the region could respect and support the endeavors of China and ASEAN countries to maintain peace and stability in the South China Sea.
Third, the security architecture should be held together by partnerships. To a large extent, progress in building the Asia-pacific security architecture depends on the relationships among regional countries as well as interactions among major countries in the Asia-pacific. All countries should abandon the Cold War mentality, and work together to pursue a new path of dialogue and partnership, instead of confrontation, alliance, and enmity. We should build an Asia-pacific partnership featuring equality, mutual trust, inclusiveness and mutual benefit through consultation and mutual accommodation.
China is committed to promoting sound interactions with other major countries, which has contributed to stable relations among major countries in the Asia-pacific. China is actively pushing forward a new model of majorcountry relationship with the US based on no conflict, no confrontation, mutual respect and win-win cooperation. The comprehensive strategic partnership of coordination between China and Russia is showing a strong momentum. China is actively implementing partnerships for peace, growth, reform and civilization with Europe. China is actively strengthening the strategic partnership of peace and prosperity with India, and developing a closer partnership for development. And China is also endeavoring to improve its strategic relationship of mutual benefit with Japan based on the spirit of taking history as guidance and looking into the future.
Fourth, the security architecture should be supported by a comprehensive and multi-layered network. Given the diversity in the Asia-pacific, a unified security framework in this region is not foreseeable in the near future. In fact, the building of the new Asia-pacific security architecture is not meant as the start of a new venture, rather, it will be based on the further coordination, upgrading and improvement of existing mechanisms. It will be normal for various mechanisms to advance together and form a multi-layered, wideranging and comprehensive Asia-pacific security framework.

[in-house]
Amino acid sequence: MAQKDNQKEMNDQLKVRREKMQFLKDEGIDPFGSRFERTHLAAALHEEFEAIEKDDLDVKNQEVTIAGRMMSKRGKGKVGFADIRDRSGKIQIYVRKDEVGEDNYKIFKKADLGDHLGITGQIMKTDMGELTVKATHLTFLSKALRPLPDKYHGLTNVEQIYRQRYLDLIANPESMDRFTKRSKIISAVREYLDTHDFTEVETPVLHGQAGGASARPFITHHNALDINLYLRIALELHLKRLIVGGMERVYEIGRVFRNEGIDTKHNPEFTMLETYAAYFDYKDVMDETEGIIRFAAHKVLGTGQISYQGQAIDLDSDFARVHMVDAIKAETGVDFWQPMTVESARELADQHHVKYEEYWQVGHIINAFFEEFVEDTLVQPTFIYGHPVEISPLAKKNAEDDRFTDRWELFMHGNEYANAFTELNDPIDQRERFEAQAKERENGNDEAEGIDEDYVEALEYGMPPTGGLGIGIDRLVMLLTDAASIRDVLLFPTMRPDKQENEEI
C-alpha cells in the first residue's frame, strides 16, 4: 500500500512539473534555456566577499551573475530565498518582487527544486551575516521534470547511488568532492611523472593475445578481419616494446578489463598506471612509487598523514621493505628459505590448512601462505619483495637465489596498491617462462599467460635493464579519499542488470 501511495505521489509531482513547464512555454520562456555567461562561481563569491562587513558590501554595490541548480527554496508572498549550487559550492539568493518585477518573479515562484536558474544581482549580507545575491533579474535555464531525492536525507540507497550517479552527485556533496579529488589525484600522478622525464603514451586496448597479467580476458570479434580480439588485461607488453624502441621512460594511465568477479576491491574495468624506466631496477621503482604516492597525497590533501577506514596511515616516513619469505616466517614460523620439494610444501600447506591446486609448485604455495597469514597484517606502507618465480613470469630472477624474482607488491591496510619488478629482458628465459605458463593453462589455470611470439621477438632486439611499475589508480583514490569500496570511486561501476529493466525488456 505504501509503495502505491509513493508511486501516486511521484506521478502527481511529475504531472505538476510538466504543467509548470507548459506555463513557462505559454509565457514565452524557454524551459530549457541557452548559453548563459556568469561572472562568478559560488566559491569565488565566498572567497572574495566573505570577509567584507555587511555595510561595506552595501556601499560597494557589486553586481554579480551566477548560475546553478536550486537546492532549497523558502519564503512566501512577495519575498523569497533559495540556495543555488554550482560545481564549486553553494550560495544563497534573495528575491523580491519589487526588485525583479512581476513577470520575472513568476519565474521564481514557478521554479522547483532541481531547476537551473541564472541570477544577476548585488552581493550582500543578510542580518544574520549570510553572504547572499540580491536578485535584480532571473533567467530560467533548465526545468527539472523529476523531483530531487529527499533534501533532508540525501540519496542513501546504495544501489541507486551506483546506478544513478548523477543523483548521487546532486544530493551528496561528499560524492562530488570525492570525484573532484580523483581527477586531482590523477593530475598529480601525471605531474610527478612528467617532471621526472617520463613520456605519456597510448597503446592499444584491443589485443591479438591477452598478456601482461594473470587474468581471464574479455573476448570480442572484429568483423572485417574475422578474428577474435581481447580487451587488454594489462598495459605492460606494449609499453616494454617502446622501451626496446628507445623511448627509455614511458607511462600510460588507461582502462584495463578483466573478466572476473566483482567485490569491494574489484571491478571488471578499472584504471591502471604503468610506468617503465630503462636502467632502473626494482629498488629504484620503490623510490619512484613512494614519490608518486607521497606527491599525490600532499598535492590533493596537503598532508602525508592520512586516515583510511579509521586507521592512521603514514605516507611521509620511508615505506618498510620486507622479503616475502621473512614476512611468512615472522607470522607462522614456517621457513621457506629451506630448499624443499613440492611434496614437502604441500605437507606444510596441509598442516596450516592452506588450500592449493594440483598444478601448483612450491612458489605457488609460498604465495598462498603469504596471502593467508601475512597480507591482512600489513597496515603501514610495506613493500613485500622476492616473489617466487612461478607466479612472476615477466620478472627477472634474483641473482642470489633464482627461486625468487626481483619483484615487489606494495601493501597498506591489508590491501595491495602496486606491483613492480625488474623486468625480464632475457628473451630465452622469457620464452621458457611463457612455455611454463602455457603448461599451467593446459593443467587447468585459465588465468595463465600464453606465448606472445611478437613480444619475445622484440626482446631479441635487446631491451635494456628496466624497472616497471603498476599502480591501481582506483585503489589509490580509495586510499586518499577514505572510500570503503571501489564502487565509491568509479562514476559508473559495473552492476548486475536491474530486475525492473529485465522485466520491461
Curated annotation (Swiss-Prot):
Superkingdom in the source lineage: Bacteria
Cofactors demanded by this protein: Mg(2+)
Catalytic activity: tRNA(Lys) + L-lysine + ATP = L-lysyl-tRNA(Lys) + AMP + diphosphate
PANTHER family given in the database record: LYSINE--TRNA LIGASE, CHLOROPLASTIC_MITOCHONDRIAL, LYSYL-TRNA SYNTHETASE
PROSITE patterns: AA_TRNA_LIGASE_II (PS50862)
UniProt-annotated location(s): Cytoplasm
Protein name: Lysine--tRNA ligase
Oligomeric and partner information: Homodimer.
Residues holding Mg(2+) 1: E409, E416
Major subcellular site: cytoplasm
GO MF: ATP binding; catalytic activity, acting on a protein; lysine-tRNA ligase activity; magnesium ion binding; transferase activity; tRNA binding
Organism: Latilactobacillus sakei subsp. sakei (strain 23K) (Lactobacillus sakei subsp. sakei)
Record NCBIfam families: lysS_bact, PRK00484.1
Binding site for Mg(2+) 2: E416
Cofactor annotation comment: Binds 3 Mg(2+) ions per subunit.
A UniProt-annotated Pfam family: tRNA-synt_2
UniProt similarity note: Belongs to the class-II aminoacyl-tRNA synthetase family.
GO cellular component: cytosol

All parties should continue to respect the ASEAN centrality in East Asia cooperation, encourage the SCO and the CICA to play bigger roles, and
support the development of Track 1.5 and Track 2 dialogue platforms, such as Xiangshan Forum. Bilateral military alliances should be more transparent and play a constructive role for regional peace and stability. China will as always support and promote the development of regional security dialogue and cooperation mechanisms, actively participate in them, and improve regional security architecture together with other parties.
Fifth, the security architecture should draw strength from common development. Achieving common development and prosperity is the common aspiration of all countries in the Asia-pacific. The Asia-pacific security architecture should also serve this aim. Countries should vigorously promote social and economic development, improve living standards, and narrow the development gap within the region. At the same time, we should pay close attention to sustainable development, and create conditions to enable all countries and people of all social backgrounds to access the fruits of development and achieve inclusive and mutually beneficial development.
To promote common development, China has proposed and actively advanced the Belt and Road Initiative, and initiated the Asian Infrastructure Investment Bank (AIIB) and the Silk Road Fund. To help narrow the development gap within ASEAN countries, China and Mekong countries jointly set up the Lancang-mekong Cooperation mechanism. With China’s efforts, the G20 Hangzhou Summit reached important consensus on inclusive and interconnected development.
As an issue of strategic importance for the Asia-pacific, the building of a regional security architecture has drawn attention from all sides. Under the framework of the EAS, relevant countries have held five workshops on this theme. China actively supports and promotes relevant discussions. In June 2016, China and Lao PDR co-hosted the 5th EAS Workshop on Regional Security Architecture in Beijing. Next year we will host an additional Track 2 workshop. We welcome more countries to actively take part in this discussion and jointly promote the improvement of regional security architecture.